Section 4: Medications
Discuss in the section any medications your client is currently taking or has taken in the past. What impact might these medications have on the client, such as side effects, improvement in symptoms, interactions with other substances, et cetera? What additional information will you need to obtain about the client’s use of medication and with whom will you consult about this? What information do you want to provide to the client about these medications and how might you need to continue addressing the issue of medication in your work with this client over time?
Section 5: Legal, Ethical, and Other Considerations
Describe any potential legal or ethical issues that may arise as you work with this client and how you will address them. Refer to the specific state laws or ACA ethical standards in your discussion. Also list any other potential red flag issues that you have identified and the ways in which you may need to address these issues with the client.
This is a fake client
The case of Stella
Stella is a 38 year old woman who has just been assigned to you as a client. You are currently working as a counselor for your county community mental health agency that has a contract to provide continuing treatment for patients who have just been discharged from a local psychiatric facility. Stella was discharged last week after a 7 day hospitalization. You received the following information about her as background and history.
Stella is the only child of a Caucasian couple who are now deceased. She was adopted by this couple as an infant in a closed adoption, so that very little information about her parents has been made available to her beyond a birth record noting her mother was African American and her father was Caucasian; both are listed as being 16 years old.
Stella currently lives in a small city of 150,000 people where she is employed as a book-keeper for the local produce packing plant. She has worked there for 3 years. Her educational background includes an associate’s degree in accounting and continuing education in tax preparation. Before working for this plant, she was employed as a tax preparer for a national company. She enjoys her work, saying that numbers are easier to get along with than people.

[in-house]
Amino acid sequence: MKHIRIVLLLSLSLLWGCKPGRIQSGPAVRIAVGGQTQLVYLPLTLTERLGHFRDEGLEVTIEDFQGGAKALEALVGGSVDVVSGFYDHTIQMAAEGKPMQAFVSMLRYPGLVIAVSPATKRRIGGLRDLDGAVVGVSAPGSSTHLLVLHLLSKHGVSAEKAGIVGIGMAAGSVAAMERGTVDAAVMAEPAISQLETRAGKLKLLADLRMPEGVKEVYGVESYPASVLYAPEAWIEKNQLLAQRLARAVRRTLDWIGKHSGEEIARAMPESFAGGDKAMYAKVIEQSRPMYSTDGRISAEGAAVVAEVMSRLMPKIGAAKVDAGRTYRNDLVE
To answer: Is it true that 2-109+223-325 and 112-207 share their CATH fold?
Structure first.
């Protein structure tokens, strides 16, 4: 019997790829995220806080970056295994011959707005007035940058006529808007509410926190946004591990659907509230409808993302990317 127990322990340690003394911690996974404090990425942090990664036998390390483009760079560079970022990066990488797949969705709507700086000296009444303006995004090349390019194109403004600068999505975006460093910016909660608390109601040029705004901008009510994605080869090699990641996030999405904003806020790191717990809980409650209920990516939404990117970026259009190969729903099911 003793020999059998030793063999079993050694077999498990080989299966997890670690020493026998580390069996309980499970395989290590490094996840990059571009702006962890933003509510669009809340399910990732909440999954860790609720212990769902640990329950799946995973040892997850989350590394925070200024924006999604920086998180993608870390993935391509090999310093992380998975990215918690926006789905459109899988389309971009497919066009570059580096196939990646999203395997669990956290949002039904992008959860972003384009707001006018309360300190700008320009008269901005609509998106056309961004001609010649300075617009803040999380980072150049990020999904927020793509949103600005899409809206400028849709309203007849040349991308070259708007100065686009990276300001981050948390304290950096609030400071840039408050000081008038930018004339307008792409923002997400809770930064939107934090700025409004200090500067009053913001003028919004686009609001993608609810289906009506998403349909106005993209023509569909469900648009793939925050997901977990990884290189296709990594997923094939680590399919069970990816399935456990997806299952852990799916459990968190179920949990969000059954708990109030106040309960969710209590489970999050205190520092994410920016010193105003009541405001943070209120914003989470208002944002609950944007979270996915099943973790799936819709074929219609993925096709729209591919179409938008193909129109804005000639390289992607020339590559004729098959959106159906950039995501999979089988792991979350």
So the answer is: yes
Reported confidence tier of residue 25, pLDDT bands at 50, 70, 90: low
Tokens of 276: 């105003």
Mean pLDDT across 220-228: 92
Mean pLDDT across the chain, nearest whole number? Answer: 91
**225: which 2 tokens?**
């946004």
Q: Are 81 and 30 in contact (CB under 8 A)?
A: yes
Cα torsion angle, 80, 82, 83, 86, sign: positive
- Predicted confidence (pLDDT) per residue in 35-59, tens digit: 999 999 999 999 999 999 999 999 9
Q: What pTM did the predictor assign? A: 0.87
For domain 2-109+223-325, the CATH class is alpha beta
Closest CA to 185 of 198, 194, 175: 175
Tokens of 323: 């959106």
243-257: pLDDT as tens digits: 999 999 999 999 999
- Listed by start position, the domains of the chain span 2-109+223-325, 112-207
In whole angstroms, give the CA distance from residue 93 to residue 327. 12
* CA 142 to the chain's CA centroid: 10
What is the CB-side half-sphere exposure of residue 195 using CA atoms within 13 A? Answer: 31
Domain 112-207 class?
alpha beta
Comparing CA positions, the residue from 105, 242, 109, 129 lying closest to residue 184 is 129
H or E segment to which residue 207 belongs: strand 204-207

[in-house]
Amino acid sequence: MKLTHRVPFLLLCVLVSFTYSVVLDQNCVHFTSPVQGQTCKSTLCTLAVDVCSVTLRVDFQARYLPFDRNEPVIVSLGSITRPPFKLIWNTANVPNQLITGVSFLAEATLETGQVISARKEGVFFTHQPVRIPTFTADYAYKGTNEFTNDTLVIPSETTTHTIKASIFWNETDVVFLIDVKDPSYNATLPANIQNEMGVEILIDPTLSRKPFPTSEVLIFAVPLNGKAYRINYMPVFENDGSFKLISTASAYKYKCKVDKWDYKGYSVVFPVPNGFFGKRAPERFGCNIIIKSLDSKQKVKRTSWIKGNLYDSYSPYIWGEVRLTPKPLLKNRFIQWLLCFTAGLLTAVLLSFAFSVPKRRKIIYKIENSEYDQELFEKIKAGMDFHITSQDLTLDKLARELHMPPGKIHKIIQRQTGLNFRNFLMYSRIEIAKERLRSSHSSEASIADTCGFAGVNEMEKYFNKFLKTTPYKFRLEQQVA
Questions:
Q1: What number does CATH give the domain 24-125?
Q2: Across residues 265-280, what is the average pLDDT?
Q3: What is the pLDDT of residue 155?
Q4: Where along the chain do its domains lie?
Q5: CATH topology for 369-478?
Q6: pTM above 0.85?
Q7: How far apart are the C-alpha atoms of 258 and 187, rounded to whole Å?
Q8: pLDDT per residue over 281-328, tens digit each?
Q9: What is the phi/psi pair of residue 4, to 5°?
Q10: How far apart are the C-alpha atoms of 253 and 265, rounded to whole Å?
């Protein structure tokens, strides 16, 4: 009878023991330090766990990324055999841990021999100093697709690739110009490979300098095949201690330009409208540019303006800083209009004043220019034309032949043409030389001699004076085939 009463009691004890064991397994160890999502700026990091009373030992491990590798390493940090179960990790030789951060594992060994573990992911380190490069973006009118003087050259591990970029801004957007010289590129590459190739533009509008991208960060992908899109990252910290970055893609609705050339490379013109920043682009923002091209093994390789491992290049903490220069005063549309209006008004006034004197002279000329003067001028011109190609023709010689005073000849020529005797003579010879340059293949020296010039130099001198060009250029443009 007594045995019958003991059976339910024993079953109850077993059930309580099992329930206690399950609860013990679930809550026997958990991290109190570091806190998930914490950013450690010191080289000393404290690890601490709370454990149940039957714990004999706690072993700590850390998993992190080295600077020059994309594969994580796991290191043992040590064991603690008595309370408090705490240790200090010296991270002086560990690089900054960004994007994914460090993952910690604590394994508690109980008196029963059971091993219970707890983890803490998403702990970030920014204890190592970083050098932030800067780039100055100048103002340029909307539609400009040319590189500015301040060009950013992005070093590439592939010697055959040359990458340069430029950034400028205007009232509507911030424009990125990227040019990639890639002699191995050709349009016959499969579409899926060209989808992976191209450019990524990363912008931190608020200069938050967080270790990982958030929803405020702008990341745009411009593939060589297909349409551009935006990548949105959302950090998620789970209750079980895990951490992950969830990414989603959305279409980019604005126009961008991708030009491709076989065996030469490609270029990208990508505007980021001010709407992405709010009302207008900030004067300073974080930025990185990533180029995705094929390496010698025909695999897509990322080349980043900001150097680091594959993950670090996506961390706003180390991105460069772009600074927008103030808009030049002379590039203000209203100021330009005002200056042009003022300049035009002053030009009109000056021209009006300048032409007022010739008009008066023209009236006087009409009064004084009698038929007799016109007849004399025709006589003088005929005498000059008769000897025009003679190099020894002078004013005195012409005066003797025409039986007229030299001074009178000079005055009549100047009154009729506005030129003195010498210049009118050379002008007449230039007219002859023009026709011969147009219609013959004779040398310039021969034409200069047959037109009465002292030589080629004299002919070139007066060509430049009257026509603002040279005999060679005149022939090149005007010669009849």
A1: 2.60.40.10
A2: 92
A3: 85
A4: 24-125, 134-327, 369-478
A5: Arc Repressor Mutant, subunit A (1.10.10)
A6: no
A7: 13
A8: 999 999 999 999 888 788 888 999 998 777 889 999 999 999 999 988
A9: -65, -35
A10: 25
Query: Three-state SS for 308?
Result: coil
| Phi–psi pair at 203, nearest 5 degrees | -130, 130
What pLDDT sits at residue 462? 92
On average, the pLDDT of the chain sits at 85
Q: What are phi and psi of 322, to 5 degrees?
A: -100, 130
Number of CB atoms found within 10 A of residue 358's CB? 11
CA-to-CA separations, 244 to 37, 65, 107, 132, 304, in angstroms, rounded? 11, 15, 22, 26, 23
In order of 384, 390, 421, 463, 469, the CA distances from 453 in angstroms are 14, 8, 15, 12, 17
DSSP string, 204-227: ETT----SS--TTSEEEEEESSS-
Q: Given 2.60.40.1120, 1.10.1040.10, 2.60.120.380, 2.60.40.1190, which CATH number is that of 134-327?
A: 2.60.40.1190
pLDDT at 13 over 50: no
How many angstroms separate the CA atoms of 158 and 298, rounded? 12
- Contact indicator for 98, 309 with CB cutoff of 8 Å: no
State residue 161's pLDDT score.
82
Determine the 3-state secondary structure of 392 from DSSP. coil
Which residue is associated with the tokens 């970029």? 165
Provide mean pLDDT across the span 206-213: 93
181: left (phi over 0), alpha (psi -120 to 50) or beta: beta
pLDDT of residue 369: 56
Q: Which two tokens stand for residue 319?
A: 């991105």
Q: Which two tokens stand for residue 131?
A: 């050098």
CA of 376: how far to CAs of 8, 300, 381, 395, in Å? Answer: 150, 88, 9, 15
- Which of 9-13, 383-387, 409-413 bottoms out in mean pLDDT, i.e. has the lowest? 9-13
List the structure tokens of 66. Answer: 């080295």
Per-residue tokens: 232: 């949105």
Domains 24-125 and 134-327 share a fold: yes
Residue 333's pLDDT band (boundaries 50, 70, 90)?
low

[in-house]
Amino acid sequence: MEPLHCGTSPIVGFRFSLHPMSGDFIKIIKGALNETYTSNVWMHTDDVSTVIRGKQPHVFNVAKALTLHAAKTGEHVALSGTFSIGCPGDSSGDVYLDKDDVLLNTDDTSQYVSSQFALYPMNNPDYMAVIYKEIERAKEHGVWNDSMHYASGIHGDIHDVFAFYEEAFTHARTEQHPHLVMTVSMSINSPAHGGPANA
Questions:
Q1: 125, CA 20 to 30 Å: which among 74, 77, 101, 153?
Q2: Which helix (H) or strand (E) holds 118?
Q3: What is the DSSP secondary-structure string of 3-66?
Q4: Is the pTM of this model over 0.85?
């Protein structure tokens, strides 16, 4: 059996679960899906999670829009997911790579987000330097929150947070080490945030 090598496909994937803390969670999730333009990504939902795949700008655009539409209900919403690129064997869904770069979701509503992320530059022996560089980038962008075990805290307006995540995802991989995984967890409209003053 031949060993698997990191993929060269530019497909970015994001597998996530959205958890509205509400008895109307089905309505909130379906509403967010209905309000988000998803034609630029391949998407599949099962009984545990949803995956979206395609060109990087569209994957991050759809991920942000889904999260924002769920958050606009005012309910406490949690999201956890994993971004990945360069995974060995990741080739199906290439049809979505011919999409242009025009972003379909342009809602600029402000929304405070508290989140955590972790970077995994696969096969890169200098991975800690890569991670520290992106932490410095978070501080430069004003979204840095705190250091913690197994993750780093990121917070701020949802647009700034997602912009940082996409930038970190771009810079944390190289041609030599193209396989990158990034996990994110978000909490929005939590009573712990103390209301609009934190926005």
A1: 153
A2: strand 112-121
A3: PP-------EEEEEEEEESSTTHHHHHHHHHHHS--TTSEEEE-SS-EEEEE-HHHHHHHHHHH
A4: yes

She has been married to her husband (Doug) for 18 years. They have no children due to medical issues that Stella reports have made it very difficult to get pregnant and carry a child to term. Her husband is a long distance truck driver. He is often away from home for two weeks at a time. He is then at home for only 4 or 5 days before he leaves on another trip. Stella reports that she feels “lonely and blue” when her husband is away. She finds it difficult to motivate herself to do anything when he is on the road beyond going to work and coming home. She has few friends beyond acquaintances at work and only occasionally participates in activities at her local church.
Stella reported that her problems began when she was in early adolescence. She started sleeping and eating excessively. She missed many days of school because she couldn’t get out of bed and gained 25 lbs. over the course of 2 years. Because Stella felt unattractive due to the weight gain she experienced, she obtained some methamphetamines from a friend of hers in school so she could lose the weight quickly. She was able to do so, but found that when she stopped taking the pills she felt even lower than before. She asked her friend for more pills, but her friend refused to provide them. Stella’s mood continued to decline; she believed she was a failure, that she would never be successful at anything, and stopped talking to her friends. She stated that she felt “blue” during this time, a word she frequently uses to describe her mood. This episode lasted about one month until school ended for the summer. During the summer, she felt better because she had a summer job as a stocker at the local grocery store where she became involved with a boy from a local school. The following year, she once again became “blue” and this time she took 25 aspirins in a suicide attempt. She panicked and told her mother, who took her to the emergency room to have her stomach pumped. Stella started to see a counselor after this incident, but when she began to feel better, she stopped her counseling.